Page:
I preached at Trinity again on Sunday, a long sermon that didn't go where I thought it would. But there were two points from the reading that struck me. I probably needed to think more about them before preaching on them; they are still in raw form.
Here's the verse:
Jesus, looking at him, loved him and said, "You lack one thing; go, sell what you own, and give the money to the poor, and you will have treasure in heaven; then come, follow me." When he heard this, he was shocked and went away grieving, for he had many possessions.
Here are the thoughts:
1) When Jesus tells the man to sell all he has, he does not tell him to then make out a check to Son of God Ministries, a non-profit, tax-deductible organization. In fact, he tells the man to give it to the poor, to no one related to him at all. Jesus manages to not get himself entangled in the very possessions that he sees bogging this wealthy man down.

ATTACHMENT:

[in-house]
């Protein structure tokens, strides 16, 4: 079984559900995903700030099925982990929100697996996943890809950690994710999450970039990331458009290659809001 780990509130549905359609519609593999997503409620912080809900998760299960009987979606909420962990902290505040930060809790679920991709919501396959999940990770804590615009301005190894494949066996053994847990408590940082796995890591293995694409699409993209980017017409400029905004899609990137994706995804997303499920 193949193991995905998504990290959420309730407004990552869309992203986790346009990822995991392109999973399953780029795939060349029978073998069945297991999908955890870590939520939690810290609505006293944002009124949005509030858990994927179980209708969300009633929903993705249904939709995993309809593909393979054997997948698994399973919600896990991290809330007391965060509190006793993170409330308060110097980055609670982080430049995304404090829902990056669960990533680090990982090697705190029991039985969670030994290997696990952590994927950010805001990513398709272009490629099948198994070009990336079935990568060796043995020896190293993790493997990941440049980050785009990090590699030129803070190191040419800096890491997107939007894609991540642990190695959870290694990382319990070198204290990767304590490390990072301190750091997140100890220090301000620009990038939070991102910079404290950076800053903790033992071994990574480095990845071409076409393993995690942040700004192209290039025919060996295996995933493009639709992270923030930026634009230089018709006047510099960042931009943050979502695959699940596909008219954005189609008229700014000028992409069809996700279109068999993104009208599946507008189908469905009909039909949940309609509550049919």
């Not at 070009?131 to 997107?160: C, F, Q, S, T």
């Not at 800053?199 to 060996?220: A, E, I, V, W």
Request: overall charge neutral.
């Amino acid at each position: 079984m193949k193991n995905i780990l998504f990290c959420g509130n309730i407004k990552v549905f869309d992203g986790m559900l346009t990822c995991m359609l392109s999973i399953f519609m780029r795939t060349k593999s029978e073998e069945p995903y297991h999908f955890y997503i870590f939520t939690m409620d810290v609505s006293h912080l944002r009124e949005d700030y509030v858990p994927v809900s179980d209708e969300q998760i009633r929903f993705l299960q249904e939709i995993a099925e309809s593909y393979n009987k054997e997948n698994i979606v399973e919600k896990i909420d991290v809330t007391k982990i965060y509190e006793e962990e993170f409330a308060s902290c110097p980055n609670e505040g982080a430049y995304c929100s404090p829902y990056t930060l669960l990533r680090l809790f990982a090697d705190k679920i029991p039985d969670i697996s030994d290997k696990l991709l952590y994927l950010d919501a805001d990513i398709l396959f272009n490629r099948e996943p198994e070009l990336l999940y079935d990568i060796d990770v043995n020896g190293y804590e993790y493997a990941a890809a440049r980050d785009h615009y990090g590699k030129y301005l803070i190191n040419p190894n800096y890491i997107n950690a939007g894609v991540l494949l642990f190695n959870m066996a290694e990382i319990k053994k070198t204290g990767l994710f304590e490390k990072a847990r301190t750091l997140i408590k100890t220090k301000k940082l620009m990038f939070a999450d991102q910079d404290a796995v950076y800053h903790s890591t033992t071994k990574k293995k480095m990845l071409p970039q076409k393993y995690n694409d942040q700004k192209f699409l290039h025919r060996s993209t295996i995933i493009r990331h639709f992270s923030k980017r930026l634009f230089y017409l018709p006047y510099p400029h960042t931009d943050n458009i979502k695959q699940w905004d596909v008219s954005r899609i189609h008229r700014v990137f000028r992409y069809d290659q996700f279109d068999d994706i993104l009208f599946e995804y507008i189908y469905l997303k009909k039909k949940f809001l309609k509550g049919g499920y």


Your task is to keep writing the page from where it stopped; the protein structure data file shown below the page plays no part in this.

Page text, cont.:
2) Jesus was unsuccessful in his efforts to gain a new member. Nowadays, so many of us in the church get the message that “You must grow,” and that adding new numbers is the key; it’s somewhat cheering to see that Jesus didn’t get that memo. So often in the church it’s tempting for us to make sure that new people with resources of time or money who come through our doors are made to feel comfortable and welcomed so that they will stay and help us—and, it’s true, we need to be welcoming, we need to be hospitable. At the same time, Jesus seems more interested in staying true to the message he has been given than in drawing a crowd. And there’s comfort in that, that just because someone leaves doesn’t mean we have failed, that people have their own reasons for coming and going and it doesn’t necessarily mean we’re doing something wrong.
The point for me (at this time) that this one little verse is antithetical to so many messages I hear about church: that churches are desperate for money and desperate for members. I'm not even sure what to do with this, except sit with it for a while and, perhaps, take some hope.